Even after a massively destructive U.S.-NATO bombing campaign forced Islamic State to abandon its capital in the city of Raqqa, Syria, in October 2017, Trump’s national security team insisted on keeping US troops in Syria indefinitely. In a mid-November briefing for reporters at the Pentagon, Mattis declared that preventing the return of Islamic State was a “longer-term objective” of the US military, and that US forces would remain in Syria to help establish conditions for a diplomatic solution. “We’re not going to walk away before the Geneva process has traction,” Mattis said.

But Mattis and Tillerson had not changed Trump’s mind about Syria. In early April 2018, the Pentagon gave Trump a paper that focused almost entirely on different options for remaining in Syria, treating full withdrawal as a clearly unacceptable option. In a tense meeting, Mattis and Joint Chiefs Chairman Dunford warned that complete withdrawal would allow Iran and Russia to fill the vacuum—as though Trump shared their assumption that such an outcome was unthinkable. Instead Trump told them he wanted US troops to wrap the war with Islamic State in six months, according to a CNN account from Pentagon sources. And when Mattis and other officials warned that the timeline was too short, “Trump responded by telling his team to just get it done.”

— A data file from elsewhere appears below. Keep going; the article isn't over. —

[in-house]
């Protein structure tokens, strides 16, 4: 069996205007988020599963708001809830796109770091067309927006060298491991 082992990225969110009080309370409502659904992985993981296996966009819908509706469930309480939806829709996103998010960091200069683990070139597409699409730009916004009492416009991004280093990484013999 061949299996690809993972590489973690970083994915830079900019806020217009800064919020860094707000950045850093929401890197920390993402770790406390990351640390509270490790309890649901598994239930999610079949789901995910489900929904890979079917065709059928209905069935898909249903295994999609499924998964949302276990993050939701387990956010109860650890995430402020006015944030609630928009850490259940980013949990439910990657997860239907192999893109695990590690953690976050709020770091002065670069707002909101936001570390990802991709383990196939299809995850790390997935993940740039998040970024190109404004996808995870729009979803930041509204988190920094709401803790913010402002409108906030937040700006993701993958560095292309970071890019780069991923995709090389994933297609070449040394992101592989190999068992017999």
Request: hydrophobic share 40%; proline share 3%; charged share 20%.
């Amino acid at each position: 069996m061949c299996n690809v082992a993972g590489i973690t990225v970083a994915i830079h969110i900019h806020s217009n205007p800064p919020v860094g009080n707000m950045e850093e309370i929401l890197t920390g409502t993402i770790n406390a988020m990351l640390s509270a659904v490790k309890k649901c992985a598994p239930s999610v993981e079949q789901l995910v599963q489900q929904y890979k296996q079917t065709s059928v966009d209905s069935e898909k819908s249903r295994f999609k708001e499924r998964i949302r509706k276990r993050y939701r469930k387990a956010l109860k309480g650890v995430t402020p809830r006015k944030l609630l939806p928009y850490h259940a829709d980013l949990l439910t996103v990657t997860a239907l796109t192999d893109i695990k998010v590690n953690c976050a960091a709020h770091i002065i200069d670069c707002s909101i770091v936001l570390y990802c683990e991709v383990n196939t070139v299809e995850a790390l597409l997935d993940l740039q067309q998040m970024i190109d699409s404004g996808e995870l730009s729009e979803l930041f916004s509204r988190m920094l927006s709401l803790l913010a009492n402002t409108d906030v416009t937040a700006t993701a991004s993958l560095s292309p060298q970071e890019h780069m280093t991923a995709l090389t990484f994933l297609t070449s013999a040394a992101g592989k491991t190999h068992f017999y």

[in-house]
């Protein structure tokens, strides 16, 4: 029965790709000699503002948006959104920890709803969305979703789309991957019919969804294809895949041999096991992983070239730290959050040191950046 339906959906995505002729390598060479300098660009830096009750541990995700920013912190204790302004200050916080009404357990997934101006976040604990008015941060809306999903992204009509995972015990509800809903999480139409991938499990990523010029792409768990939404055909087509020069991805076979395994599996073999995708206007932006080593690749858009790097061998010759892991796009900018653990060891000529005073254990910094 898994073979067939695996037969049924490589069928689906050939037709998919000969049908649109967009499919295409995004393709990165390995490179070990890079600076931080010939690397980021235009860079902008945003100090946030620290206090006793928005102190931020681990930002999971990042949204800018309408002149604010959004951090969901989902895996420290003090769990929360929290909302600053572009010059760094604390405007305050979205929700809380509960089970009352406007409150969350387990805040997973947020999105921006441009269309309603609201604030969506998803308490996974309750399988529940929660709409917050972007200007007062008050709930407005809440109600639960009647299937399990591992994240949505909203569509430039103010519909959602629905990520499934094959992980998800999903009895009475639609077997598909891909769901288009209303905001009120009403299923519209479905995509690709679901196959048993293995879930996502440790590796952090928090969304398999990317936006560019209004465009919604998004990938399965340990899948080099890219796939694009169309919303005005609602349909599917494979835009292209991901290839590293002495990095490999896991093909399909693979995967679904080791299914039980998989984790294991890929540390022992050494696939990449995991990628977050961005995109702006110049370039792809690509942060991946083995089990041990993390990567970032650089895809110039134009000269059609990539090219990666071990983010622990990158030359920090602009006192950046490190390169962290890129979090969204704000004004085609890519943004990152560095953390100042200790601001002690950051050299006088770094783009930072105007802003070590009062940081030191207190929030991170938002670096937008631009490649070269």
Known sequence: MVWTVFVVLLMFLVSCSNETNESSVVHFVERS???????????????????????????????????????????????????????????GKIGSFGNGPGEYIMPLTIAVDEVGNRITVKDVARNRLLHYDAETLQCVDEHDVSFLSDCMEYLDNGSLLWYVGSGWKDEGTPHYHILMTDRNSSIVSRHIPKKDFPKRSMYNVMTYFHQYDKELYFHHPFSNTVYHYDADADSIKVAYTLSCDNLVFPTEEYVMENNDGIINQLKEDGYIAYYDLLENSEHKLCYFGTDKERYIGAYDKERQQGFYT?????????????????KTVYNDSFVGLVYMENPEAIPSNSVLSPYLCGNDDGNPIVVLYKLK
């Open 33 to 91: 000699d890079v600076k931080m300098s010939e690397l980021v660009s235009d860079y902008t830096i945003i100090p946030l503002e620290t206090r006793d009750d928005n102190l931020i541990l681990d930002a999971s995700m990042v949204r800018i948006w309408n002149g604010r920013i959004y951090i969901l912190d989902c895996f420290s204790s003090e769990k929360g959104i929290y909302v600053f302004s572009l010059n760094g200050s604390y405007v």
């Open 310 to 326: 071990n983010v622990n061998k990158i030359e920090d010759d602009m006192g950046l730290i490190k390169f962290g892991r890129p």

A few days later, Trump declared publicly, “We’re coming out of Syria, like, very soon. Let the other people take care of it now. Very soon we’re coming out.”